The UMD-ACTA2 mutations database
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Last update 2/09/14

This database includes 23 references and 209 mutations

(39 different mutations and 35 proteic variants)


This database has been compiled to provide up-to-date information about ACTA2 gene mutations. It aims at making the information readily accessible to anyone interested in the genetic variations of the ACTA2 gene, and to provide an easy way for those who investigate these variations to report their most recent findings.

The database of ACTA2 mutations was developed using the ‘Universal Mutation Database’ tool. It contains all mutations localized in the ACTA2 gene coding region (exons) and in the intronic borders (splicing sites area) of the ACTA2 gene.

When the same mutation from the same patient was reported in more than one article, only the first report was taken into account.

For each mutation, information is provided at several levels:
- at the gene level (exon and codon number, wild type and mutant codon, mutational event, mutation name...),
- at the protein level (wild type and mutant amino acid...),
- at the clinical level (phenotypic group: allows to distinguish between different disorders linked to ACTA2 mutations and when available clinical details are provided.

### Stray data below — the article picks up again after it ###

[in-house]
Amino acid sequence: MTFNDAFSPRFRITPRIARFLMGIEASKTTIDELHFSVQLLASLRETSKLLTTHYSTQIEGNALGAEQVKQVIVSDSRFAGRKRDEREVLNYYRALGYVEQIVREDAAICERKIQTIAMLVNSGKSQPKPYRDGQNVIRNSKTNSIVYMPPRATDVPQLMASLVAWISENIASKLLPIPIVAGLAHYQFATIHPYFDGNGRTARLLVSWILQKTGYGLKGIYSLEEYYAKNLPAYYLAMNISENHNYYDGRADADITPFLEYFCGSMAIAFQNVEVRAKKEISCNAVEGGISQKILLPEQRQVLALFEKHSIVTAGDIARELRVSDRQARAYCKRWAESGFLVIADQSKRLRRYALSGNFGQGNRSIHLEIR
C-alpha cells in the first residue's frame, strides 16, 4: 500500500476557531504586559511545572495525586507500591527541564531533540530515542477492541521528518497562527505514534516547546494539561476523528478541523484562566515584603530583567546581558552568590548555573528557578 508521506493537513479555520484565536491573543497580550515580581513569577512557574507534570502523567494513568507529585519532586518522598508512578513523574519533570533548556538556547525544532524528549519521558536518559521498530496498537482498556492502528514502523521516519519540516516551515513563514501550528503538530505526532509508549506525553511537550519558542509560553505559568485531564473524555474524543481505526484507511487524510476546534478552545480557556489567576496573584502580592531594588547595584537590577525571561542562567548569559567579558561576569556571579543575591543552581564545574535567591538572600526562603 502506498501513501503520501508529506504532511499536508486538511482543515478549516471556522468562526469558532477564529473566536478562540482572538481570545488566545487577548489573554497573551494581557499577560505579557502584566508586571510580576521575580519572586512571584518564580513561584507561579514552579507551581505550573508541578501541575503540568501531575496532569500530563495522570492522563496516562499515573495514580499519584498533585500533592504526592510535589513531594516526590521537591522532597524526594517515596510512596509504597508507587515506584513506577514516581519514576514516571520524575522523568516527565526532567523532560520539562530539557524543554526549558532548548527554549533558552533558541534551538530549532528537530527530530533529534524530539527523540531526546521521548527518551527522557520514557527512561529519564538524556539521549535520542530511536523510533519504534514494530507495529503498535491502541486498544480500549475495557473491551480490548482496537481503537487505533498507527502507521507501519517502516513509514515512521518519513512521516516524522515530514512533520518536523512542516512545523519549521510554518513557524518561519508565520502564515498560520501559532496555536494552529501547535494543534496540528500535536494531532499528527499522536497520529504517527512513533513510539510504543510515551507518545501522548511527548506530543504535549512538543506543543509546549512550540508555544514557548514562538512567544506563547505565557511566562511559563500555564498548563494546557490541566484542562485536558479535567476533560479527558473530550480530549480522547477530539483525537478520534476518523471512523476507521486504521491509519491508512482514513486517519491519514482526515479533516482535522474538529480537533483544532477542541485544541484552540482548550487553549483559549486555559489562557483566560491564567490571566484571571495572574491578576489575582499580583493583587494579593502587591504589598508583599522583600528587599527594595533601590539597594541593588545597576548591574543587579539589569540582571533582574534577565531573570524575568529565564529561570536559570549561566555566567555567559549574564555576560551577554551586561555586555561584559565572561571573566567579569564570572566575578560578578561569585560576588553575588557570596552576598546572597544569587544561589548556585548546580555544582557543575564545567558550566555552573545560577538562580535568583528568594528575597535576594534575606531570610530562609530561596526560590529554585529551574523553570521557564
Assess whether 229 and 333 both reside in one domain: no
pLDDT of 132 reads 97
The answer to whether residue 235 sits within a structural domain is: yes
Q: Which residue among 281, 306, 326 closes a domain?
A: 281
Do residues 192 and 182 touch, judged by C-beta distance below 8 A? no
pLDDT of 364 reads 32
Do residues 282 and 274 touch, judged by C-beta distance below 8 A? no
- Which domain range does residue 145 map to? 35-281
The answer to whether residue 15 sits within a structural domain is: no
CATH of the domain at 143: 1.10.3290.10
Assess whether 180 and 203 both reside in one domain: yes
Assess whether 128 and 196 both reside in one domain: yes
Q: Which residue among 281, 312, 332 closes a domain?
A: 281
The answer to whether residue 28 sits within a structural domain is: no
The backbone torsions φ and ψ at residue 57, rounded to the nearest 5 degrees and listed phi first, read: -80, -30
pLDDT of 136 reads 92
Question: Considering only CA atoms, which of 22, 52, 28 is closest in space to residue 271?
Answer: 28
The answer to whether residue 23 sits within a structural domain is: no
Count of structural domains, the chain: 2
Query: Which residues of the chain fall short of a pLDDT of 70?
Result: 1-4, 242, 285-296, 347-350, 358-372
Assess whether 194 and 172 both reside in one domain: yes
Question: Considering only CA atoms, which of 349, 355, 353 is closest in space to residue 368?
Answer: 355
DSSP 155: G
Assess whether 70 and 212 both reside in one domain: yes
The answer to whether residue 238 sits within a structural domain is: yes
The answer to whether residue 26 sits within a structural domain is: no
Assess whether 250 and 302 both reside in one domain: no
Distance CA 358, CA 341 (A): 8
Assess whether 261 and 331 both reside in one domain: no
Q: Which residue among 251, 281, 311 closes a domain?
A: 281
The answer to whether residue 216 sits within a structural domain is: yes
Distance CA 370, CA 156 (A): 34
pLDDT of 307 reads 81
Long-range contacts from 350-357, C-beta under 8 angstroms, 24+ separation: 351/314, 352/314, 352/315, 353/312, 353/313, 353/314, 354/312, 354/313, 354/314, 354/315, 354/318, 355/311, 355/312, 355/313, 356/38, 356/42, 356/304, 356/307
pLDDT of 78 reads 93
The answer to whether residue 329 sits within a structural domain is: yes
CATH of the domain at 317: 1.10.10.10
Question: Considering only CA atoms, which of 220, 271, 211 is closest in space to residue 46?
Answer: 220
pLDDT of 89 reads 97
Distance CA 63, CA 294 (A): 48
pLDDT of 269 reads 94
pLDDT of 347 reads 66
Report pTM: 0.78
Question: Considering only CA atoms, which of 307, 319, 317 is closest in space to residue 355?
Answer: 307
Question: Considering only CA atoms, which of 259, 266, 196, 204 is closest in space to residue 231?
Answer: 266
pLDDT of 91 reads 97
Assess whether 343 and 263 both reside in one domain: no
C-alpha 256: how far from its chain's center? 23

The list of mutations was collated from published articles and abstracts, from presentations at meetings, and from personal communications. If you use these data, please refer in our publication.

Please look at “the gene”, “the proteins”, and “the clinics” buttons (left panel).

For mutation details, use tools available via the “Mutations” button.

More than twenty types of analyses can be performed via the “Statistics” button.

The “references” button allows the selection of references included in the UMD-ACTA2 database.

You found a mutation and you want to know if it was identified and published elsewhere, please go to “Mutations” button.


Copyright:
The UMD-ACTA2 Locus Specific Databases constitute the intellectual property of the curators of the database. Any unauthorized copying, storage or distribution of this material without written permission from the curators would lead to copyright infringement with possible ensuing litigation.

For further details, please refer to Directive 96/9/EC of the European Parliament and of the Council of 11 March 1996 on the legal protection of databases.